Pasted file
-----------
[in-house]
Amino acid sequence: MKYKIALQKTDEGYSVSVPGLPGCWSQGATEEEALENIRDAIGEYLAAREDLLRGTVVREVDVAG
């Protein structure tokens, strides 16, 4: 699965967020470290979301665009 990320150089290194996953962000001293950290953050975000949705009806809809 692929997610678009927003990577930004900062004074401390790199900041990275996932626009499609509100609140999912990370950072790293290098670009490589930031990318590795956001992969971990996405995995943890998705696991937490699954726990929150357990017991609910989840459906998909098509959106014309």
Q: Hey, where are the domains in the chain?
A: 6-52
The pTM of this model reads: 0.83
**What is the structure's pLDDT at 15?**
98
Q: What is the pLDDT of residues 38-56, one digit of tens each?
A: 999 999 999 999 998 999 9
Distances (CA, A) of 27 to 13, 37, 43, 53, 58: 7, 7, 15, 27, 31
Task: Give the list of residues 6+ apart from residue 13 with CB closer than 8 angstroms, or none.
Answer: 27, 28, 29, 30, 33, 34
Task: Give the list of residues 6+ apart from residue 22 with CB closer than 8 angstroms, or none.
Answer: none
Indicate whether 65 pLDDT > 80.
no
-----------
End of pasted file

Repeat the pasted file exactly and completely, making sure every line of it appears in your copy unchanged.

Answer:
[in-house]
Amino acid sequence: MKYKIALQKTDEGYSVSVPGLPGCWSQGATEEEALENIRDAIGEYLAAREDLLRGTVVREVDVAG
């Protein structure tokens, strides 16, 4: 699965967020470290979301665009 990320150089290194996953962000001293950290953050975000949705009806809809 692929997610678009927003990577930004900062004074401390790199900041990275996932626009499609509100609140999912990370950072790293290098670009490589930031990318590795956001992969971990996405995995943890998705696991937490699954726990929150357990017991609910989840459906998909098509959106014309």
Q: Hey, where are the domains in the chain?
A: 6-52
The pTM of this model reads: 0.83
**What is the structure's pLDDT at 15?**
98
Q: What is the pLDDT of residues 38-56, one digit of tens each?
A: 999 999 999 999 998 999 9
Distances (CA, A) of 27 to 13, 37, 43, 53, 58: 7, 7, 15, 27, 31
Task: Give the list of residues 6+ apart from residue 13 with CB closer than 8 angstroms, or none.
Answer: 27, 28, 29, 30, 33, 34
Task: Give the list of residues 6+ apart from residue 22 with CB closer than 8 angstroms, or none.
Answer: none
Indicate whether 65 pLDDT > 80.
no